The cost of an American child born in 2012 and raising over the next 17 years has increased by 2.6% from 2011, the US Department (USDA) has said.
In its annual report, ‘Expenditures on Children by Families’, also known as the Cost of Raising a Child, data shows a middle-income family with a child born in 2012 can expect to spend about $241,080 ($301,970 adjusted for projected inflation) for food, shelter, and other necessities associated with child-rearing expenses over the next 17 years.
Expenses for child care, education, health care, and clothing saw the largest percentage increases related to child rearing from 2011.
However, there were smaller increases in housing, food, transportation, and miscellaneous expenses during the same period. The 2.6% increase from 2011 to 2012 is also lower than the average annual increase of 4.4% since 1960.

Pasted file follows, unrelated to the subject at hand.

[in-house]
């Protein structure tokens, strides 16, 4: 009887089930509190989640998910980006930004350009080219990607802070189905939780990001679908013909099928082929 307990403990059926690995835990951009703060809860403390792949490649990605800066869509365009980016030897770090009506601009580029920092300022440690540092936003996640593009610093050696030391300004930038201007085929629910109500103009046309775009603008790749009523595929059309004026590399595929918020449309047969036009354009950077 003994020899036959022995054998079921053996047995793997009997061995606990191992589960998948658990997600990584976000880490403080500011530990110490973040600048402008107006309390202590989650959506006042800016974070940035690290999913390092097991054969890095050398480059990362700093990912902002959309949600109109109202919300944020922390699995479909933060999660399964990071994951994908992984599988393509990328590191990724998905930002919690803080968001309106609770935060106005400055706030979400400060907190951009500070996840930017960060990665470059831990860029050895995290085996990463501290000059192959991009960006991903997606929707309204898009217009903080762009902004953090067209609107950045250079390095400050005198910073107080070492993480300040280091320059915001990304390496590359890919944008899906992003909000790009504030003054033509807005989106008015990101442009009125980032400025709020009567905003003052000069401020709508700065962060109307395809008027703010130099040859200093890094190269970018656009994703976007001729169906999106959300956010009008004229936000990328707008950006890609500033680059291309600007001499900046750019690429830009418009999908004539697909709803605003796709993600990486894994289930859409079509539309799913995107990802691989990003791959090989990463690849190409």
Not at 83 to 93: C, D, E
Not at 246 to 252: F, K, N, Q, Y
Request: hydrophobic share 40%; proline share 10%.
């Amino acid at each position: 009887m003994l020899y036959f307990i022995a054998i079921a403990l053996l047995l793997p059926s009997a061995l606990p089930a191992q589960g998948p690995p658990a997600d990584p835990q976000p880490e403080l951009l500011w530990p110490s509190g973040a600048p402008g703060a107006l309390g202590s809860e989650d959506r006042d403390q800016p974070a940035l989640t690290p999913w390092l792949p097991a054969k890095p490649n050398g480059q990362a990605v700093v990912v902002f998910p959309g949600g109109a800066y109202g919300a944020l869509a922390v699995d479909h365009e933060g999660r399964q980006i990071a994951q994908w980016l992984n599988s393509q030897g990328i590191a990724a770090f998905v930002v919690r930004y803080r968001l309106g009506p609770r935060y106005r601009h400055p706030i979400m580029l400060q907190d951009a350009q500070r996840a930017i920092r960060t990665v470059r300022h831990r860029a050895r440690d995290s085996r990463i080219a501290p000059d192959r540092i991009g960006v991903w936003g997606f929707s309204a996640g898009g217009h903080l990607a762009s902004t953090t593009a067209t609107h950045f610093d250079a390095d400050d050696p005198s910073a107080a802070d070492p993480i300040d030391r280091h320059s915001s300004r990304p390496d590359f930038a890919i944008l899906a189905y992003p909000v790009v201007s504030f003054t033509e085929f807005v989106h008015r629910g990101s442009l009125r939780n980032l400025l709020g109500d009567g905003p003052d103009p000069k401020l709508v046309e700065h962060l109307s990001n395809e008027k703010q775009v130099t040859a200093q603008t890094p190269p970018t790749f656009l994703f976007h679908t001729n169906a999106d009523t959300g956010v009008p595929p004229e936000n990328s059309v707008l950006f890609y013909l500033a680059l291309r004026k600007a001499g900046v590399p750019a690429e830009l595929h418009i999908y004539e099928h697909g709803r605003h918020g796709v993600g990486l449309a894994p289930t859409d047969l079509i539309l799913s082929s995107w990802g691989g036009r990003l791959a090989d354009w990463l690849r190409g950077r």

USDA Food, Nutrition and Consumer Services Under Secretary Kevin Concannon said, “As the economy continues to recover, families are naturally cost conscious. This report gives families with children a greater awareness of the expenses they are likely to face. The report is also a valuable resource for courts and state governments in determining child support guidelines and foster care payments.”
The report, issued annually, is based on data from the Federal government’s Consumer Expenditure Survey, the most comprehensive source of information available on household expenditures.
For the year 2012, annual child-rearing expenses per child for a middle-income, two-parent family ranged from $12,600 to $14,700, depending on the age of the child, the USDA said.